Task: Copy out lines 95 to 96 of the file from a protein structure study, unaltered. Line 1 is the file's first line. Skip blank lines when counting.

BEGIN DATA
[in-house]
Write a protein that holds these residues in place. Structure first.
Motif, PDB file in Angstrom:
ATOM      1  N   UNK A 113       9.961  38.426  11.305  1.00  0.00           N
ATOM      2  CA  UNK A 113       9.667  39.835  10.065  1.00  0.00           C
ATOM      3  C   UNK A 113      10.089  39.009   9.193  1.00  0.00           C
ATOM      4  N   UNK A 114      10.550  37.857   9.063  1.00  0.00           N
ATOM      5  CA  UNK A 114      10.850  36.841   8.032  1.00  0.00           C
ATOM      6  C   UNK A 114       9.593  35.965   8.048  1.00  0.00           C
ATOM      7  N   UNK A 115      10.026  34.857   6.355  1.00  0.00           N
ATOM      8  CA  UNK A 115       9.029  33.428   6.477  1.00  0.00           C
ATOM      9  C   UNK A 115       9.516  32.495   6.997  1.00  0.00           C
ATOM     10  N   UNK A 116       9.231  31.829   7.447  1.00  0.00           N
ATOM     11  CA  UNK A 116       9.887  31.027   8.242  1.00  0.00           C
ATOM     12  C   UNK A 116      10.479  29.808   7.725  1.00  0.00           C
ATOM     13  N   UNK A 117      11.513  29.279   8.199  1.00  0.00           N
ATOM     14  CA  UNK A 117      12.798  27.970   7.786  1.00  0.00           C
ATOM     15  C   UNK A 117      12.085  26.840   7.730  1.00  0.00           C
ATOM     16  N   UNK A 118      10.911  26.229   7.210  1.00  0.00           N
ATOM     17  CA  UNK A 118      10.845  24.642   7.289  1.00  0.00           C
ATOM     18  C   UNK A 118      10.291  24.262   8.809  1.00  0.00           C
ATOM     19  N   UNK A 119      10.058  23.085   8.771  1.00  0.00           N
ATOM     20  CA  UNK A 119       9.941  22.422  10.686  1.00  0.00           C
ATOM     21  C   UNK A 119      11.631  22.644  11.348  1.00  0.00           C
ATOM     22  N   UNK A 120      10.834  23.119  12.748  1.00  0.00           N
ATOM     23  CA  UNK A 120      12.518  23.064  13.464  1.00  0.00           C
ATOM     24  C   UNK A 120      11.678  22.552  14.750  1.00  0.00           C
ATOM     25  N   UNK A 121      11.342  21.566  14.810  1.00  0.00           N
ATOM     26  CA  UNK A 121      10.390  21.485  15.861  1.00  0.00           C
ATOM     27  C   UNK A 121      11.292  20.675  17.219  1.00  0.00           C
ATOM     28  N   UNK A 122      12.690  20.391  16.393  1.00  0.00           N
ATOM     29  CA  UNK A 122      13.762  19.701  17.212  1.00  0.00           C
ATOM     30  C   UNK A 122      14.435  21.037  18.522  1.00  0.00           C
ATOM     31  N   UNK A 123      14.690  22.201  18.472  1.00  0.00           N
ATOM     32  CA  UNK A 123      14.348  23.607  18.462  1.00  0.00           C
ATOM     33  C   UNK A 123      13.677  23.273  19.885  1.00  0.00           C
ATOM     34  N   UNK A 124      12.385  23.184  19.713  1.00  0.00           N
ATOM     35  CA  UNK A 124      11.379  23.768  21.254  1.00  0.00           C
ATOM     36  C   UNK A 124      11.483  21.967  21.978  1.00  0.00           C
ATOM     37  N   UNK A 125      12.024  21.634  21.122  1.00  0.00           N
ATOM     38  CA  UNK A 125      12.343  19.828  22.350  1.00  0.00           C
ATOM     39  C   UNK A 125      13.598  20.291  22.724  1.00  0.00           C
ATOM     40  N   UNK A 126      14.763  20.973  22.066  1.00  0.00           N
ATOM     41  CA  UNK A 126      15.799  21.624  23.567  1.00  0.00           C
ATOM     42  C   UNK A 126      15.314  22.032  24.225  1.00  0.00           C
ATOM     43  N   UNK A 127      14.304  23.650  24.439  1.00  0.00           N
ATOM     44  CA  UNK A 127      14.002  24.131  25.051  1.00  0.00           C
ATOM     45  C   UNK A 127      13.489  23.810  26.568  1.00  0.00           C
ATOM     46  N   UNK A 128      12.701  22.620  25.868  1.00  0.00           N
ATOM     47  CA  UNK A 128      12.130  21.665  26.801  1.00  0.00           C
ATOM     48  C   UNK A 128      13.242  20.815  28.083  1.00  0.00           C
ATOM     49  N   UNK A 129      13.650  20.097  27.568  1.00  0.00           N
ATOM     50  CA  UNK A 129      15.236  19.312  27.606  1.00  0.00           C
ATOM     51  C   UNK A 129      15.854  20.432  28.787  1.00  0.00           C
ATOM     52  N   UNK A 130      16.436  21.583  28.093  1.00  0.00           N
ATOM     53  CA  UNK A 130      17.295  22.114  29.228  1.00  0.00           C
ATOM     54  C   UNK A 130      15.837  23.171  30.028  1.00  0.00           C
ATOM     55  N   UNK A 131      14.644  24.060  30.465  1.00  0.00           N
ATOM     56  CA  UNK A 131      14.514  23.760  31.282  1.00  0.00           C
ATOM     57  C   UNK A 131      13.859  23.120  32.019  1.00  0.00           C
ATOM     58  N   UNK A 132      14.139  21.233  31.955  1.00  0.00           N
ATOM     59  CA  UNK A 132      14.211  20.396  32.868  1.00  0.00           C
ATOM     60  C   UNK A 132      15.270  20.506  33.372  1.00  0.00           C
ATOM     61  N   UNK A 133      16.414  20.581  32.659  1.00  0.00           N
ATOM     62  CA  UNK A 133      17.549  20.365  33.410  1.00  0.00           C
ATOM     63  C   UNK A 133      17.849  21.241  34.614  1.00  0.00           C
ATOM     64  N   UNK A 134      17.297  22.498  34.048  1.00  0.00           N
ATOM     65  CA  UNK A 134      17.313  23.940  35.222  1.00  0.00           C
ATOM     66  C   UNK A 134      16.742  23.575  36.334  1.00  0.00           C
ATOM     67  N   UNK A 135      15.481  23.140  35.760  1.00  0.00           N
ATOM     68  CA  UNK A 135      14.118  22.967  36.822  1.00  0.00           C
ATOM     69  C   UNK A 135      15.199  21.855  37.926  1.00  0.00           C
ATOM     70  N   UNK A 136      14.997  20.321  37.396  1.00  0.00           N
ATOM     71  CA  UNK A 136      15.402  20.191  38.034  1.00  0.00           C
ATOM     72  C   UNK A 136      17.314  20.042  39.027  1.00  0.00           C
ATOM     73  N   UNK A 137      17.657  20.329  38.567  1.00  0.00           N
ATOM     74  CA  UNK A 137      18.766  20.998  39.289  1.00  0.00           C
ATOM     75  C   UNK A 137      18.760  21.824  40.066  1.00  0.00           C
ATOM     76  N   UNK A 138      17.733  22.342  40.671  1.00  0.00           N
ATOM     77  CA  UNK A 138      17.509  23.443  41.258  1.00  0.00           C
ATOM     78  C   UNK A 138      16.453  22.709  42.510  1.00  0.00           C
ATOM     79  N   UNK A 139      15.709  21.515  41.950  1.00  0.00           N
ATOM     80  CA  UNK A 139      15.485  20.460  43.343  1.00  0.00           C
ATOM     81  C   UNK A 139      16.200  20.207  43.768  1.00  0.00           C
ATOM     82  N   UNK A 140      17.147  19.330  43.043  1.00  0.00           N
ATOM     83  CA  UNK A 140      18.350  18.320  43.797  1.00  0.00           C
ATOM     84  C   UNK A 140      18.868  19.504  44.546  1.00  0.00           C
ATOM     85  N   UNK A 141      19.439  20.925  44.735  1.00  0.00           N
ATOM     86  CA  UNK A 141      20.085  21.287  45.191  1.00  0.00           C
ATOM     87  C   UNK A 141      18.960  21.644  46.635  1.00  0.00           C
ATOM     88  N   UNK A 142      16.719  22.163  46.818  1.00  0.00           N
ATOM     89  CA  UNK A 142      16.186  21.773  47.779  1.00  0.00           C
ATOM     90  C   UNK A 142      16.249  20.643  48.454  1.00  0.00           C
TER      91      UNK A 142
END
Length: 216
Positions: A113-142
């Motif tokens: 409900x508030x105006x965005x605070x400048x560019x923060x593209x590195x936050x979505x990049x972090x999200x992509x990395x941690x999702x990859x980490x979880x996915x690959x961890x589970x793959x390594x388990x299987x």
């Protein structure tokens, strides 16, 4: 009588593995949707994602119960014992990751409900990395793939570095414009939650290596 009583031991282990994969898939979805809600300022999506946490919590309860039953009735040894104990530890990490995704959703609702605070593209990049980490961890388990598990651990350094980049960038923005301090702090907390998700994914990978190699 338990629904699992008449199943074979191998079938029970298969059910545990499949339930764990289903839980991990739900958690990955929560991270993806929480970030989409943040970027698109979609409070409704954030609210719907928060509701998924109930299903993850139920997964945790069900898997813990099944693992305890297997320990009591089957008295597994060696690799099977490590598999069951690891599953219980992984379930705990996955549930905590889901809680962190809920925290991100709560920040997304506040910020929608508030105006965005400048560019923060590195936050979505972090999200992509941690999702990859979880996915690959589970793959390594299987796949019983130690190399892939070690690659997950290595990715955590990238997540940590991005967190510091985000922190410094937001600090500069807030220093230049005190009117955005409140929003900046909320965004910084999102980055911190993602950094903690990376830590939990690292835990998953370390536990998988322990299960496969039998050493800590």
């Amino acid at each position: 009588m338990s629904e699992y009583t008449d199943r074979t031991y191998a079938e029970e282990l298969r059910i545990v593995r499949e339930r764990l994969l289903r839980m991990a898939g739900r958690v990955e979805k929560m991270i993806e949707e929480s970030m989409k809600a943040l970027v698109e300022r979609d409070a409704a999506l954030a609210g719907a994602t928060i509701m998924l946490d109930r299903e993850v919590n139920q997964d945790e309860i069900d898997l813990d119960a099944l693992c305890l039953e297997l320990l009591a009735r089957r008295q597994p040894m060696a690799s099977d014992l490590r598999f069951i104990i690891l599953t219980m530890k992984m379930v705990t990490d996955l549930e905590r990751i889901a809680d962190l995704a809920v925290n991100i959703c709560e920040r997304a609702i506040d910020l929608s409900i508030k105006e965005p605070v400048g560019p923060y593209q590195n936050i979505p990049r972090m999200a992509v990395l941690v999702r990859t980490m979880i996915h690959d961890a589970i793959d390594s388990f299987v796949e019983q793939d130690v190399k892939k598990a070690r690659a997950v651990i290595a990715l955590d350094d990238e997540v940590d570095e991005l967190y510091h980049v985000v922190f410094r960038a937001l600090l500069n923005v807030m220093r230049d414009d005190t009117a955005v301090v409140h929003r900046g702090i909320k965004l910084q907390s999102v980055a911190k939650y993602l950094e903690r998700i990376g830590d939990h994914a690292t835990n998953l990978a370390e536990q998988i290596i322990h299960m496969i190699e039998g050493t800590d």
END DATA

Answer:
END
Length: 216